I don’t know what it is about Little Red Riding Hood, but when I get halfway through the story, I can hardly keep my eyes open. Doesn’t matter if I’m tired or not when I start to read this book, because when I get to the part where Little Red strays off the path, and goes into the meadow to pick wildflowers for her Grandmother, and I see the sun beaming through the trees, and she just picks and picks those flowers, and just doesn’t know when to stop — it’s all I can take.
The bad part is, this is a critical part in the story. Poor old Grandma, at this very minute, is actually being eaten by the wolf… WHOLE. Thankfully, we learn later when the huntsman splits the wolf’s stomach open, there is not a scratch on her. Even though the wolf did have those “what big teeth you have” teeth.
Why? Why of all times, do I want to sleep at this point in the story? Poor Grandma. Little Red Riding Hood is not like War and Peace, so why sleep?
One day, it was just me and the little guy, and we were all cozy on the sofa with a stack of books, and we were plowing through them quite well — until — until we got to Little Red. I started nodding off in mid-sentence. Painful, it was, just to keep my eyes open, but I soon found, I had no control over my eyelids. Finally I said, “Sweetie, Mommy is just so tired. Can we just take a quick little nap right here, and then I’ll finish the book when we wake up?”
“OK,” he said. I figured, he wouldn’t sleep, but would soon climb off the couch and quietly amuse himself with the train that was winding its way around the coffee table and sofa on the floor.
He surprised me. He stayed right with me, on the sofa, patting my head every once in awhile, and he just waited. Never said a word. Who knows how long I slept. Ten, maybe 15 minutes? I woke to find him still beside me, patiently waiting. Resisting the urge to drop my head and sleep some more, I picked up right where we left off, and finished the story, describing his favorite part — when the huntsman carries the skinned wolf skin away on his back, while Grandma and Little Red Riding Hood drink blackberry tea, and eat bread and honey, on the table with the vase of flowers Little Red Riding Hood picked in the meadow.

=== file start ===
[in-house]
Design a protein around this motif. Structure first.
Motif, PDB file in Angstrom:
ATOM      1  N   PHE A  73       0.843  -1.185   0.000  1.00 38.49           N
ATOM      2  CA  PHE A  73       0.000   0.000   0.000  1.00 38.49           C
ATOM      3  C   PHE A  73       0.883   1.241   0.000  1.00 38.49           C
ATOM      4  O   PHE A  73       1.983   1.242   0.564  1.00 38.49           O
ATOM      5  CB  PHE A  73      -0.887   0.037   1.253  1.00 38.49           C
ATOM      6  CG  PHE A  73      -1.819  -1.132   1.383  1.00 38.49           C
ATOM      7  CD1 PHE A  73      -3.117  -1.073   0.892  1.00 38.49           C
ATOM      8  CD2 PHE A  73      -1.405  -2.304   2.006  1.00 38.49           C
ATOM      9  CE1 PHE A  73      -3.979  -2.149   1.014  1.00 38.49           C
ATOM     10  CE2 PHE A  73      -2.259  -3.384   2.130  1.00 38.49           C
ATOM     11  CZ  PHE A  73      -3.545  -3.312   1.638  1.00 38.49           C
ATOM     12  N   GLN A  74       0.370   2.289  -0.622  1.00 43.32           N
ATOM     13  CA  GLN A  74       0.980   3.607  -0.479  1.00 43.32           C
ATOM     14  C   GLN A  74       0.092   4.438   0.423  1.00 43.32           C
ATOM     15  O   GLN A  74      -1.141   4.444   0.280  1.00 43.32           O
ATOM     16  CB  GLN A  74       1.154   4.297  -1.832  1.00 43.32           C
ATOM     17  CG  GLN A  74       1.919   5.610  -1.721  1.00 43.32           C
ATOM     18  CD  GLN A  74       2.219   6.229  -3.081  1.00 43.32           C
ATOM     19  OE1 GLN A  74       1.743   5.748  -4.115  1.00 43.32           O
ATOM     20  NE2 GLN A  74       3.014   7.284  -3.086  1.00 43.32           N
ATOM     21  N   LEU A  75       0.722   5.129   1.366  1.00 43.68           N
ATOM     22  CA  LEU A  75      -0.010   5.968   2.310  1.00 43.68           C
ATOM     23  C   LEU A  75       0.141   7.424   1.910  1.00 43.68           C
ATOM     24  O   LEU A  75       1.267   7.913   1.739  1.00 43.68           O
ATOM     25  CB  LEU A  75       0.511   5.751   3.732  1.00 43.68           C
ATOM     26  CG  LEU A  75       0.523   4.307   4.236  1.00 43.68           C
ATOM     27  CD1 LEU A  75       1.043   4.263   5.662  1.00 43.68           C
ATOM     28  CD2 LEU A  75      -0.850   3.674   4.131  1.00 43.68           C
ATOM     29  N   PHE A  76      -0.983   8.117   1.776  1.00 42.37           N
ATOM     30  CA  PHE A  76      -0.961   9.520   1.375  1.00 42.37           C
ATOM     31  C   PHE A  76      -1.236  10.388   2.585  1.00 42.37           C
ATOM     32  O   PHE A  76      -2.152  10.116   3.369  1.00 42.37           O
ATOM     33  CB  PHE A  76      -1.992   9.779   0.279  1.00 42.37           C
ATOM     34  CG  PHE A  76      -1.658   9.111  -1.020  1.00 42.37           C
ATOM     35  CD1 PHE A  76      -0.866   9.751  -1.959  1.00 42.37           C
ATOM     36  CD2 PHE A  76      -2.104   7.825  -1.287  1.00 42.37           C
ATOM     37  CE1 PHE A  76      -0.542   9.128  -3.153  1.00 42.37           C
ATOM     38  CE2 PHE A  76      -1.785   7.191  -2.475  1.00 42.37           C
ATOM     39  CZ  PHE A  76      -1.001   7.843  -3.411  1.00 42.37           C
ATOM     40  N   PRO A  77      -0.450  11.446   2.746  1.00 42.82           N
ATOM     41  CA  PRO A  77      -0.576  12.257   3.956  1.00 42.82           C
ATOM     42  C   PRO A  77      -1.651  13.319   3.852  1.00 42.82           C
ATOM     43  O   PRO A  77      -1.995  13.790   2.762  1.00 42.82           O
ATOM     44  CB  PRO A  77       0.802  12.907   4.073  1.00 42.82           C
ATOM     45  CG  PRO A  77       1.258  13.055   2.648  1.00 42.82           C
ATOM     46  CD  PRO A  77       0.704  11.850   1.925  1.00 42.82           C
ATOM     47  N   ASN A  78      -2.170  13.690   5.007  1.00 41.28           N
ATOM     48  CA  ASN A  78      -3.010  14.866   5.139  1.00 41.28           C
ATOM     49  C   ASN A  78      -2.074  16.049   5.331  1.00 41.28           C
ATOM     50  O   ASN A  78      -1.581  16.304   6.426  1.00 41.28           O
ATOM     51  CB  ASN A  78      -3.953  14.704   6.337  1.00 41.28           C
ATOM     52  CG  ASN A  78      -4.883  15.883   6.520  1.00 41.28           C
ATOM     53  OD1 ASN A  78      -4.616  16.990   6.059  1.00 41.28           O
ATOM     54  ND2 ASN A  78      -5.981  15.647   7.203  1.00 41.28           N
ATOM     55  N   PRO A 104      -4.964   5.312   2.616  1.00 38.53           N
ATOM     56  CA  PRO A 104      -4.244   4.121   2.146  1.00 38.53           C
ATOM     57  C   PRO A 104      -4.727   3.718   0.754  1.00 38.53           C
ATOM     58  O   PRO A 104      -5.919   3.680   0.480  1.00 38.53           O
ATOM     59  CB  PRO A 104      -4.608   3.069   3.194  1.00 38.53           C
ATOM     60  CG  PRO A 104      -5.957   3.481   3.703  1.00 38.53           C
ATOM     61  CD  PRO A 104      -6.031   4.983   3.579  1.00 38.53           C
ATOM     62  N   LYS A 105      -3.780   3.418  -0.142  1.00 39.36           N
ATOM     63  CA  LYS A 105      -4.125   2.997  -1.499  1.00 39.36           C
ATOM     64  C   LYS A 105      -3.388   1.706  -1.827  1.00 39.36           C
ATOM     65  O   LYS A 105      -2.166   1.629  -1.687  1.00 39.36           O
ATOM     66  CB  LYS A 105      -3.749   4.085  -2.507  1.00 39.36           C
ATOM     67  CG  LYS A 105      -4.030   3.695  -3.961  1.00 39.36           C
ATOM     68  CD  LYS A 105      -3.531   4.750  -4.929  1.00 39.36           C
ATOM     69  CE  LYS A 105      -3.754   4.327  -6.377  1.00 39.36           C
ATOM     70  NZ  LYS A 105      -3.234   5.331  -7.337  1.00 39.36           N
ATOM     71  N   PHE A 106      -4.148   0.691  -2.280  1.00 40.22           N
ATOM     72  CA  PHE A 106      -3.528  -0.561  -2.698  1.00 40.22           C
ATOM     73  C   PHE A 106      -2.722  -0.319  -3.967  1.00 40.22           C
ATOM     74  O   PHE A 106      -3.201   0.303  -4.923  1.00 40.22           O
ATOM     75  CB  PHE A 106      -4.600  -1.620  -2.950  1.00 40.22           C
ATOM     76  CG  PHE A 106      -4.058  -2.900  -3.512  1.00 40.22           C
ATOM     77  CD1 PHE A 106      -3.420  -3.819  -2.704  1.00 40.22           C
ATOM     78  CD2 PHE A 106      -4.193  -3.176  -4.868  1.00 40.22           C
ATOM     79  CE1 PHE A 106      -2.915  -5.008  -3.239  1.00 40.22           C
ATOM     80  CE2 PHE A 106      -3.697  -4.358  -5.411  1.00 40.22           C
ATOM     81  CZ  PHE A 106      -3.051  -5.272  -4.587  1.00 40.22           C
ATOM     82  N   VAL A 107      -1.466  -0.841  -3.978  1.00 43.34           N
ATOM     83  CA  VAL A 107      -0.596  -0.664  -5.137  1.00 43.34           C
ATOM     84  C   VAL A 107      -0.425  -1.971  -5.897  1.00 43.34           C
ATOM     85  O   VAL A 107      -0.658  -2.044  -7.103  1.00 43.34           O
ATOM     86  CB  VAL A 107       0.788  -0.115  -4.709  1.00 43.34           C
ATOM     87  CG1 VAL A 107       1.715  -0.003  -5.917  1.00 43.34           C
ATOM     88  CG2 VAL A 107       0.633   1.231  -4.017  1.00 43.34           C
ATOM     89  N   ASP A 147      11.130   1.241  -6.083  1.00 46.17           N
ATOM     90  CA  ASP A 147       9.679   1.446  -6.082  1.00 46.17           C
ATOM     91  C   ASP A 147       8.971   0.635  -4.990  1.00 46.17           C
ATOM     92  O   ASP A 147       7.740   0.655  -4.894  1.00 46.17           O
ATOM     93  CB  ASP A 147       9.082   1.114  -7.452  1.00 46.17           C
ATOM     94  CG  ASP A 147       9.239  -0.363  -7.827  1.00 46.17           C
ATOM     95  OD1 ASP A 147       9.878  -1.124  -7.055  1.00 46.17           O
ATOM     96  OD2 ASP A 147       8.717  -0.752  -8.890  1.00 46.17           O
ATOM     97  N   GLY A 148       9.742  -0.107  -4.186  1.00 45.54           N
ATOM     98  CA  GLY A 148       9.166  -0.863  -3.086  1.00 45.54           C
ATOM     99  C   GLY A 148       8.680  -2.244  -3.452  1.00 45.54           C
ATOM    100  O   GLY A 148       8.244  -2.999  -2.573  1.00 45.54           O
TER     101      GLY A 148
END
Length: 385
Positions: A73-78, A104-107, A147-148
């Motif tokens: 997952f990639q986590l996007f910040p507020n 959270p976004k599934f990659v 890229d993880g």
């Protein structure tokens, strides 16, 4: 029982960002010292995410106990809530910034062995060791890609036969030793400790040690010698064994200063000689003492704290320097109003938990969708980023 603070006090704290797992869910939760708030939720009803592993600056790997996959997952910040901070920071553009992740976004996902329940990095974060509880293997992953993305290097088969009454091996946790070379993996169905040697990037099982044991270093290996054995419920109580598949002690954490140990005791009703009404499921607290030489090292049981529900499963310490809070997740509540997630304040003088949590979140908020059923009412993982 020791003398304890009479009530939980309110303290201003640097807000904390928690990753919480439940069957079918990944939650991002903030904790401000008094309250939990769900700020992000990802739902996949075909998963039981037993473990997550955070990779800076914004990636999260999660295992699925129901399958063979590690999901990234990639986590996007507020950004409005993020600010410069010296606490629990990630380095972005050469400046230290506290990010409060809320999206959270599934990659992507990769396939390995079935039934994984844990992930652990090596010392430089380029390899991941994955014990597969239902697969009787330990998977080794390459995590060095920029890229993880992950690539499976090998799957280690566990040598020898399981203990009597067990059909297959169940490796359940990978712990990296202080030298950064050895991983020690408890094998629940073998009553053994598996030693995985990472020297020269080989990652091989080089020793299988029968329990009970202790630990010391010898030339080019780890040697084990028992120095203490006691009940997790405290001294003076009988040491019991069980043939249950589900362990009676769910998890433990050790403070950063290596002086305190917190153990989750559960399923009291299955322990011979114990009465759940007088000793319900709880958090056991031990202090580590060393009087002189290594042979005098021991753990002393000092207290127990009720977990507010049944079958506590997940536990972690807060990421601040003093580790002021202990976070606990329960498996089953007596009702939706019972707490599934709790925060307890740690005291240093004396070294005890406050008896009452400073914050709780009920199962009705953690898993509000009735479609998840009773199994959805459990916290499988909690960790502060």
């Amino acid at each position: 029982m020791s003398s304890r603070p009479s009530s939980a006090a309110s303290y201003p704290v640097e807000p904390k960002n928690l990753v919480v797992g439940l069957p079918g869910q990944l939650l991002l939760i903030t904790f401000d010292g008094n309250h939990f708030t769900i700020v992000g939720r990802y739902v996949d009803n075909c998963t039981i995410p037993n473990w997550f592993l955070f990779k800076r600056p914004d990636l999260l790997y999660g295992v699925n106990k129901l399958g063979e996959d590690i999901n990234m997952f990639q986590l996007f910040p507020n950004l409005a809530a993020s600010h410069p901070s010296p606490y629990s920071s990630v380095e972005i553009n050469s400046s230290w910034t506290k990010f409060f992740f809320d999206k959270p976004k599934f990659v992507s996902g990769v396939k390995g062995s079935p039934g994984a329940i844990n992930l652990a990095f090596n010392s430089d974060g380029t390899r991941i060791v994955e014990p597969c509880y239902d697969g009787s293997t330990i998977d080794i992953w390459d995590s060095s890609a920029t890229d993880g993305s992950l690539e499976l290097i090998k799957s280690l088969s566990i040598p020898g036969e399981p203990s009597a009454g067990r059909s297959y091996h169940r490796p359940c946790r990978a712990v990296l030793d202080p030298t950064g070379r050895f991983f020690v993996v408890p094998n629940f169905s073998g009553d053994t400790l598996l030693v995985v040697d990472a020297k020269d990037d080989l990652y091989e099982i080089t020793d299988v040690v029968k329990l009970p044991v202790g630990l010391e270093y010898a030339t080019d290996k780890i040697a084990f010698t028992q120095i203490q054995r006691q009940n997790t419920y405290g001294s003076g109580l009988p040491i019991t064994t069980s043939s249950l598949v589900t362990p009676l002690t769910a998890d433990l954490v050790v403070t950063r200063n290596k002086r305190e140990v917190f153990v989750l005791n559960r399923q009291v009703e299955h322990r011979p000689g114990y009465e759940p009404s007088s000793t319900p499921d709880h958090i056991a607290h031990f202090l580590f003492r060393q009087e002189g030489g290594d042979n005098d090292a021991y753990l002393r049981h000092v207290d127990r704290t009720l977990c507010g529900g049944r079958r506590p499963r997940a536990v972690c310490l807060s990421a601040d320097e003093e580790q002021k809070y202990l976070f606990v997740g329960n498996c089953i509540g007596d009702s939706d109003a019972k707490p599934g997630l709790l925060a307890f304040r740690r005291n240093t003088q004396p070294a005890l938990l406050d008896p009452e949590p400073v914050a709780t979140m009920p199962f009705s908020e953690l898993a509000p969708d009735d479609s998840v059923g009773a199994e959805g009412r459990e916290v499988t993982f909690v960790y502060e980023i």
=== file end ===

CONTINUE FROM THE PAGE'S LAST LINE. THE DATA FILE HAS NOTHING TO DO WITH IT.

What a patient fella; my daughter would’ve been like “Get up, Mommy, NOW!”
That’s too funny. My kids are also not that patient. Of course I’d never be able to nod off to begin with…”Mom, what are you doing? Mom, what happened next? Mom? Read!”
What a little sweetie!
Lately I’ve noticed I get very sleepy and yawn a lot when reading to my kids. I don’t know if it’s how I’m breathing, or what, because for me it doesn’t depend on what I’m reading. Maybe it’s a sign I need more sleep at night!
that happens to me…every time i read my son a book!! it doesn’t matter what book…i start reading without hearing myself talk…then, i start feeling exhausted. it’s awful. i just figure i’m getting old!! waaahh!!
And when he starts kindergarten, he won’t know the ending to any fairy tales, and the teacher will say, “Didn’t your Mom ever read to your when you were little?” Well, no… she just .. took lots of naps.
Aw, what a sweet post – and what a sweet little guy you have. I can see mine doing that (in a few years – he’s still too squirmy-toddler right now); he’s got my husband’s patience and laidback personality.
Haha. There is something, my dear, that has primed you to drowsiness.
MotherPie, You’re taking me back to my college Greek Mythology class… symbolism and subliminal messages and metaphors… and “what does this passage about straying off the path, and not knowing when to stop, and never having enough wildflowers really say about you, Miss Susie?”
But, it’s the SUN, I tell you… it’s the heat of the sun coming through the trees in dappled light that does it.
That is one patient boy! I am impressed.
Curious George makes me so-very-tired. That monkey is a little too verbose for my taste.
That is SO sweet…
Oh, Susie, you made me laugh with this one. Falling asleep while reading a book to Sprout and Pip makes me feel positively ancient. The worst is when I start babbling incoherently about something totally unrelated to the book at hand and they ask, what?, what you say, Mommy?, what are you talking about!?